Without any knowledge of that work done in Russia, Bonnie Stewart considered polyhedra with regular 3+3 rhombus faces in his Adventures among the Toroids by the 1970s. The 71 such polyhedra were listed by Alex Doskey, Roger Kaufman, and Steve Waterman in 2006, though they did not know if their list was complete.

See the list of convex regular-faced polyhedra with conditional edges.

Convex regular-faced polyhedra with conditional vertices

Allowing conditional vertices means that we must consider many infinite families of polyhedra: consider as an example the family of rectangular solids composed of a rod of cubes extended to arbitrary lengths. However, Yu. A. Pryakhin [8] realized that this class of polyhedra still admits a finitary classification into "types" of polyhedra sharing a common network of faces where at corresponding faces the corresponding angles are equal. For example, all rectangular solids are of a single "type". In fact, Pryahkin stated this result for the larger class of convex polyhedra whose faces are equiangular, not just regular. Furthermore Pryahkin stated the result that there are exactly 23 types of convex parquet polygons, defined by the interior angles at the vertices, which are decomposable into equiangular polygons.

Completing the classification of convex regular-faced polyhedra with conditional vertices is ongoing work for A. V. Timofeenko and his students [9]. Some examples of such polyhedra have been produced by Roger Kaufman and others.

Non-convex regular-faced polyhedra

For completeness I mention the non-convex regular-faced polyhedra. Self-intersecting such polyhedra turn up in the study of uniform star polyhedra. Non-self-intersecting non-convex regular-faced polyhedra were studied by Bonnie Stewart in his masterful Adventures among the Toroids [10], in particular the Stewart toroids.


[1]   Norman W. Johnson, Convex polyhedra with regular faces, Canadian Journal of Mathematics 18 (1966), 169-200.

[2]   V. A. Zalgaller, Convex polyhedra with regular faces, Zap. Nauchn. Semin. LOMI 2 (1967), 5-221; English translation: Consultants Bureau, New York, 1969.

[3]   B. A. Ivanov, Polyhedra with faces composed of regular polygons, Ukr. Geom. Sb. 10 (1971), 20-34.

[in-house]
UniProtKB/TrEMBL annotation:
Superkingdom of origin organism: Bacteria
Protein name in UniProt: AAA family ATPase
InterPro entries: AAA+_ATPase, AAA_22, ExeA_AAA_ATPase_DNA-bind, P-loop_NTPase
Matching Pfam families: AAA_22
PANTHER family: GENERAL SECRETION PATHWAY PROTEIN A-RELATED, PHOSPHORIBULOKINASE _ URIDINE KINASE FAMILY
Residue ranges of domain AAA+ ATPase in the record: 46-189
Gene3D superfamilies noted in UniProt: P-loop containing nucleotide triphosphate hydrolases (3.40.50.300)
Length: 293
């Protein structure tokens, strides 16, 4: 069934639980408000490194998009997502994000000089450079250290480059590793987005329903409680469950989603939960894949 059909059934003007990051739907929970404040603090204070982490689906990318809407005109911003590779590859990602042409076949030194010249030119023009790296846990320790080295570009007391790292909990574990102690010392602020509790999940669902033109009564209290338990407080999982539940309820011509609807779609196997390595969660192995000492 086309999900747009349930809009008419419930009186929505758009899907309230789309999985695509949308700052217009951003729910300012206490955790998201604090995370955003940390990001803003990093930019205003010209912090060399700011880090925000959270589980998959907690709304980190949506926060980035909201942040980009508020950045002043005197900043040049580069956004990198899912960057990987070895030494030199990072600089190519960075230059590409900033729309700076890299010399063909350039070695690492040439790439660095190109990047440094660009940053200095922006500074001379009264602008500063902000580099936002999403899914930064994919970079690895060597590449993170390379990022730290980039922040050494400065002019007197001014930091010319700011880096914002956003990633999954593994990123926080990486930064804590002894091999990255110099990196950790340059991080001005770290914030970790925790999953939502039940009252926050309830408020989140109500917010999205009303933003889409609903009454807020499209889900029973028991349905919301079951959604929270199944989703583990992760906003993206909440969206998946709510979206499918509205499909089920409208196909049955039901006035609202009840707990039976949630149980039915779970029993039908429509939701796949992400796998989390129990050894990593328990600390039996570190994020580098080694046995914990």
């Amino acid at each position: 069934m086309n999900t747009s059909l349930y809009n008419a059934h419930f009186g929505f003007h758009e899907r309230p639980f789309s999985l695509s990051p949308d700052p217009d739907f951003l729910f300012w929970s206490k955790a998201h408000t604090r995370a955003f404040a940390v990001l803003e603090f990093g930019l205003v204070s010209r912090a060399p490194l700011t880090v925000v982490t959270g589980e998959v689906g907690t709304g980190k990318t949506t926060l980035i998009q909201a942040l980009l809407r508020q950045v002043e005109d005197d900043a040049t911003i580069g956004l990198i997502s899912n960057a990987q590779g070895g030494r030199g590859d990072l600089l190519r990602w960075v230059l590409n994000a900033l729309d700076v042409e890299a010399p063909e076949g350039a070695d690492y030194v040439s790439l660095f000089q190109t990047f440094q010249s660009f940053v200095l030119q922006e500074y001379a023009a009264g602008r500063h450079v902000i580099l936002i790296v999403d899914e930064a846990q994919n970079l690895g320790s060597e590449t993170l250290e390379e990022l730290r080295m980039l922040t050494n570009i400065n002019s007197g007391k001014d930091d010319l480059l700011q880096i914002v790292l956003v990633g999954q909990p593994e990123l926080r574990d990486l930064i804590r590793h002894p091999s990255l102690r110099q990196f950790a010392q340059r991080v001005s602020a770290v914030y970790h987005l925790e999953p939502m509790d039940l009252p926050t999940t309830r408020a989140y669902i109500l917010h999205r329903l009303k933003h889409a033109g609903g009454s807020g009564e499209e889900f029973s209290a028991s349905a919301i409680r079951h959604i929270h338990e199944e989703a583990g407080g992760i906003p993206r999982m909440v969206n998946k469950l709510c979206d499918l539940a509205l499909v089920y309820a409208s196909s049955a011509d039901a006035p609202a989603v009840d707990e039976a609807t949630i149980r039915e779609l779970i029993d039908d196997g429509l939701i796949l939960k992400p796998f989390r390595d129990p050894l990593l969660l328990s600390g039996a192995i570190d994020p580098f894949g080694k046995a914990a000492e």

[4]   Yu. A. Pryakhin, On convex polyhedra with regular faces, Ukr. Geom. Sb. 14 (1973), 83-88.

[5]   A. M. Gurin and V. A. Zalgaller, On the history of the study of convex polyhedra with regular faces and faces composed of regular ones, Trudy S.-Peterburg Mat. Obshch. 14 (2008), 215-294; English translation: Proceedings of the St. Petersburg Mathematical Society, Volume XIV, American Mathematical Society Translations, Series 2, Volume 228 (2009), 169-229.

[6]   A. V. Timofeenko, Junction of noncomposite polygons, Algebra i Analiz 21 (2009), no. 3, 165-209; English translation: St. Petersburg Math. J. 21 (2010), no. 3, 483-512. doi:10.1090/S1061-0022-10-01105-2.

[7]   A. V. Timofeenko, Corrections to "Junction of noncomposite polyhedra", Algebra i Analiz 23 (2011), no. 4; English translation: St. Petersburg Math. J. 23 (2012), no. 4, 779-780.

[8]   Yu. A. Pryahkin , Convex polyhedra whose faces are equiangular or composed of such, Zap. Nauchn. Semin. LOMI 45 (1974), 111-112; English translation: Journal of Mathematical Sciences 10 (1978), no. 3, 486-487. doi:10.1007/BF01476855.

[9]   A.V. Timofeenko, Convex polyhedra with parquet faces, Doklady Akademii Nauk 428 (2009), no. 4, 454-457; English translation: Doklady Mathematics 80 (2009), no. 2, 720-723. doi:10.1134/S1064562409050238.

[10]   Bonnie M. Stewart, Adventures Among the Toroids, 1970; 2nd ed. 1980.

Robert R Tupelo-Schneck / <> / 2011-03-31, reference [7] updated and CC0 added 2020-05-25

To the extent possible under law, Robert R Tupelo-Schneck has waived all copyright and related or neighboring rights to This work is published from: United States.